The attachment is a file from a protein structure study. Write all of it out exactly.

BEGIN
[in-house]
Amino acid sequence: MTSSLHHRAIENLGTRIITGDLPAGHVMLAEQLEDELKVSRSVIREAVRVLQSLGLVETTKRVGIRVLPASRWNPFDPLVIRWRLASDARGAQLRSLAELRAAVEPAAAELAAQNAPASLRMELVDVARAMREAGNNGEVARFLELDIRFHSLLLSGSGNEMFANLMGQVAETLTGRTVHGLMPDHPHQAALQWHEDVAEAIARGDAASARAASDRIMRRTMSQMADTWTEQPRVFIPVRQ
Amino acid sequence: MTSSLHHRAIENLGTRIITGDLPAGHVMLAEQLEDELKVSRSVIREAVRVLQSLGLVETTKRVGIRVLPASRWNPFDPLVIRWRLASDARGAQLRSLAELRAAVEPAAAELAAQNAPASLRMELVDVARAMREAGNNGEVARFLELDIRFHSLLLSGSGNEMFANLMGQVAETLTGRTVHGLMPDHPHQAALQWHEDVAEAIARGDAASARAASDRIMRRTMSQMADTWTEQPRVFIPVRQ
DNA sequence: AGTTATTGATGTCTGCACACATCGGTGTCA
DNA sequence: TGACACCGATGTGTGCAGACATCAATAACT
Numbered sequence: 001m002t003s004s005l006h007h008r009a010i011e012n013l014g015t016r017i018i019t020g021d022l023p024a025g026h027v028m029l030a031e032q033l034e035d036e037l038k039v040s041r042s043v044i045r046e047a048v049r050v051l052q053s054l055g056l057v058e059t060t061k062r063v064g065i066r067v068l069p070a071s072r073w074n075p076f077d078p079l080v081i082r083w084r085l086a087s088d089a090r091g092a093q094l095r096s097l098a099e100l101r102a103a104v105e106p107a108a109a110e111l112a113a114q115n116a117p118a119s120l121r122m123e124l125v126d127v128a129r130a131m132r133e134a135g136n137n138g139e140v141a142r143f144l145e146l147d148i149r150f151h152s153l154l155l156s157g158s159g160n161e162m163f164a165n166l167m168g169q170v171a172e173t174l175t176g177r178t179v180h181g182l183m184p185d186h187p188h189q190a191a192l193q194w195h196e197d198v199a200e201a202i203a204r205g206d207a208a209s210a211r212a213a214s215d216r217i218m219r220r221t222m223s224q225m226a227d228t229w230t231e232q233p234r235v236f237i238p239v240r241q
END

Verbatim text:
[in-house]
Amino acid sequence: MTSSLHHRAIENLGTRIITGDLPAGHVMLAEQLEDELKVSRSVIREAVRVLQSLGLVETTKRVGIRVLPASRWNPFDPLVIRWRLASDARGAQLRSLAELRAAVEPAAAELAAQNAPASLRMELVDVARAMREAGNNGEVARFLELDIRFHSLLLSGSGNEMFANLMGQVAETLTGRTVHGLMPDHPHQAALQWHEDVAEAIARGDAASARAASDRIMRRTMSQMADTWTEQPRVFIPVRQ
Amino acid sequence: MTSSLHHRAIENLGTRIITGDLPAGHVMLAEQLEDELKVSRSVIREAVRVLQSLGLVETTKRVGIRVLPASRWNPFDPLVIRWRLASDARGAQLRSLAELRAAVEPAAAELAAQNAPASLRMELVDVARAMREAGNNGEVARFLELDIRFHSLLLSGSGNEMFANLMGQVAETLTGRTVHGLMPDHPHQAALQWHEDVAEAIARGDAASARAASDRIMRRTMSQMADTWTEQPRVFIPVRQ
DNA sequence: AGTTATTGATGTCTGCACACATCGGTGTCA
DNA sequence: TGACACCGATGTGTGCAGACATCAATAACT
Numbered sequence: 001m002t003s004s005l006h007h008r009a010i011e012n013l014g015t016r017i018i019t020g021d022l023p024a025g026h027v028m029l030a031e032q033l034e035d036e037l038k039v040s041r042s043v044i045r046e047a048v049r050v051l052q053s054l055g056l057v058e059t060t061k062r063v064g065i066r067v068l069p070a071s072r073w074n075p076f077d078p079l080v081i082r083w084r085l086a087s088d089a090r091g092a093q094l095r096s097l098a099e100l101r102a103a104v105e106p107a108a109a110e111l112a113a114q115n116a117p118a119s120l121r122m123e124l125v126d127v128a129r130a131m132r133e134a135g136n137n138g139e140v141a142r143f144l145e146l147d148i149r150f151h152s153l154l155l156s157g158s159g160n161e162m163f164a165n166l167m168g169q170v171a172e173t174l175t176g177r178t179v180h181g182l183m184p185d186h187p188h189q190a191a192l193q194w195h196e197d198v199a200e201a202i203a204r205g206d207a208a209s210a211r212a213a214s215d216r217i218m219r220r221t222m223s224q225m226a227d228t229w230t231e232q233p234r235v236f237i238p239v240r241q